First publishedin World Highways
Work zones present an increased risk for workers who build, repair, and maintain roads, bridges, and tunnels, as well as for a variety of road users, including pedestrians, bicyclists, and motorcyclists, who are confronted with less than ideal safety conditions in these work zones.
Global statistics on work zone-related injuries are not available, however the US Federal Highway Administration (FHWA) reported 25,485 of work zone crashes involving at least one injured party in 2015, of which 642 resulted in at least one fatality. These figures suggest that, taken at global level, hundreds of thousands of injuries, and thousands of fatalities occur every year in work zones. Work zones thus represent a very serious safety concern for the road community, particularly across the developing world where an abundance of road rehabilitation projects have not been accompanied by commensurate efforts and investments to foster a culture of safe road construction.
In an effort to tackle the unacceptable rate of work zone injuries, the Washington-based IRF Global is releasing a policy statement today titled "Mandating Safer Work Zones Globally" covering the establishment of national guidelines, the selection and use of temporary traffic control devices, work zone inspections and the need to invest in strengthening skills within public agencies and the contracting community. According to Chris Sanders, Lindsay Transportation Solutions and chairman of the IRF Road Safety Committee, "Infrastructure is ageing across the globe and must be maintained to preserve its value. However, these work zones offer much more dangerous driving conditions and increase danger to workers and motorists. Solutions exist, but their use is hindered without comprehensive policies and consistent implementation."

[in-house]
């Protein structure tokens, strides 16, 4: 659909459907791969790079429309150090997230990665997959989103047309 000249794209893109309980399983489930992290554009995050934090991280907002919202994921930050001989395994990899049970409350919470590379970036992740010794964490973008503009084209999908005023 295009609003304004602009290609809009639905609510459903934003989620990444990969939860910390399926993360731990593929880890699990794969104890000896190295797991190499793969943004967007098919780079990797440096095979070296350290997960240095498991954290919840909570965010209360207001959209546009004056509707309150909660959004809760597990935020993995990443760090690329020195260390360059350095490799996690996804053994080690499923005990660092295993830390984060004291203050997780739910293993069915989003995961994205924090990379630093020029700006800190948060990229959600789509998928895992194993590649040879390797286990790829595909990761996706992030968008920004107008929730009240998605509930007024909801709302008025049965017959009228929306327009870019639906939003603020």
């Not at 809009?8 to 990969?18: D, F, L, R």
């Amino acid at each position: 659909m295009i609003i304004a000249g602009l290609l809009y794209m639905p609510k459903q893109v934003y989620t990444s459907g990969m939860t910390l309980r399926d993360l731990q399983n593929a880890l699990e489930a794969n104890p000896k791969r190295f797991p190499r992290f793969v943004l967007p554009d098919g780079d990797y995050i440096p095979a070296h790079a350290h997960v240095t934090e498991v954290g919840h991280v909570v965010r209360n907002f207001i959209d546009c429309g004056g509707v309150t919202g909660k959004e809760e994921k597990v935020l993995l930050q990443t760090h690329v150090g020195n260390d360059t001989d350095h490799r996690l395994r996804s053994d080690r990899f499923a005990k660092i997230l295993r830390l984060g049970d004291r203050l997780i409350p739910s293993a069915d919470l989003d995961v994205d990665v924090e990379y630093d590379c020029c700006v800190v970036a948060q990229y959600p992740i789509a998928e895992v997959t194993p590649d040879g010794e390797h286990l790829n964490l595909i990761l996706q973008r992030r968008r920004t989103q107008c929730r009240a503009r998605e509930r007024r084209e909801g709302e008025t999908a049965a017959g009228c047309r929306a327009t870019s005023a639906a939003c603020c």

Pete Johnston, 3M, and chairman of the IRF Temporary Traffic Control Subcommittee noted: "Countermeasures that are proven to improve safety and mobility are minimal investments when weighed against the total cost of most projects. To ensure effective and sustainable temporary traffic control set-ups, authorities should include provisions in their national guidelines that mandate traffic control plan implementation, and that traffic control plans need to be part of the budget and funded."
"IRF's advocacy work furthers our global mission to unite all road stakeholders around a consistent vision," said IRF chairman Abdullah A Al-Mogbel. "This latest policy statement underscores the need to set ambitious road safety requirements at all stages of road design, construction and operation."